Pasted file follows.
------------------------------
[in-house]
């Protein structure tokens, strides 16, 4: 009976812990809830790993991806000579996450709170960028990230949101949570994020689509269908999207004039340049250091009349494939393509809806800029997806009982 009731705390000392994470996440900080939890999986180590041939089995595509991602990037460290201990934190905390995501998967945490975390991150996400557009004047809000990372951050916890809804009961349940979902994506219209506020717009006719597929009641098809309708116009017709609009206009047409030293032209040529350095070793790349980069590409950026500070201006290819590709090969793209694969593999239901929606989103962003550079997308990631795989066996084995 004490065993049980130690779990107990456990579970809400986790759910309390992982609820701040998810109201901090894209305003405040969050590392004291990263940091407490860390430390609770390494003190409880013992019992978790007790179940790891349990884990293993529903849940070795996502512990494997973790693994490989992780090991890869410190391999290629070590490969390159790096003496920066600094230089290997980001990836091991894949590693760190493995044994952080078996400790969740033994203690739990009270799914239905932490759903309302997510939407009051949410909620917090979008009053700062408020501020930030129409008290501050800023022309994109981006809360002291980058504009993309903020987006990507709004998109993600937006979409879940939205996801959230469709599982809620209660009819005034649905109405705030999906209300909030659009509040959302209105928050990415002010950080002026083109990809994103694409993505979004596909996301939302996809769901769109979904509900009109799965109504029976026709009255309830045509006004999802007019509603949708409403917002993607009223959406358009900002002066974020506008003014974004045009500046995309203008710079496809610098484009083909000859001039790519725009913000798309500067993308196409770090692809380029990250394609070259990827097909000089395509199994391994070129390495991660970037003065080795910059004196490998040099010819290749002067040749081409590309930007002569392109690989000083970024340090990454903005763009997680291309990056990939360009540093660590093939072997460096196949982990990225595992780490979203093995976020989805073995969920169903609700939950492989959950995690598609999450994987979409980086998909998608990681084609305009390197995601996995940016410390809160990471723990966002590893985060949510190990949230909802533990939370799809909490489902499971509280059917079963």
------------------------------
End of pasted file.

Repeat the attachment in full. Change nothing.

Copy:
[in-house]
């Protein structure tokens, strides 16, 4: 009976812990809830790993991806000579996450709170960028990230949101949570994020689509269908999207004039340049250091009349494939393509809806800029997806009982 009731705390000392994470996440900080939890999986180590041939089995595509991602990037460290201990934190905390995501998967945490975390991150996400557009004047809000990372951050916890809804009961349940979902994506219209506020717009006719597929009641098809309708116009017709609009206009047409030293032209040529350095070793790349980069590409950026500070201006290819590709090969793209694969593999239901929606989103962003550079997308990631795989066996084995 004490065993049980130690779990107990456990579970809400986790759910309390992982609820701040998810109201901090894209305003405040969050590392004291990263940091407490860390430390609770390494003190409880013992019992978790007790179940790891349990884990293993529903849940070795996502512990494997973790693994490989992780090991890869410190391999290629070590490969390159790096003496920066600094230089290997980001990836091991894949590693760190493995044994952080078996400790969740033994203690739990009270799914239905932490759903309302997510939407009051949410909620917090979008009053700062408020501020930030129409008290501050800023022309994109981006809360002291980058504009993309903020987006990507709004998109993600937006979409879940939205996801959230469709599982809620209660009819005034649905109405705030999906209300909030659009509040959302209105928050990415002010950080002026083109990809994103694409993505979004596909996301939302996809769901769109979904509900009109799965109504029976026709009255309830045509006004999802007019509603949708409403917002993607009223959406358009900002002066974020506008003014974004045009500046995309203008710079496809610098484009083909000859001039790519725009913000798309500067993308196409770090692809380029990250394609070259990827097909000089395509199994391994070129390495991660970037003065080795910059004196490998040099010819290749002067040749081409590309930007002569392109690989000083970024340090990454903005763009997680291309990056990939360009540093660590093939072997460096196949982990990225595992780490979203093995976020989805073995969920169903609700939950492989959950995690598609999450994987979409980086998909998608990681084609305009390197995601996995940016410390809160990471723990966002590893985060949510190990949230909802533990939370799809909490489902499971509280059917079963």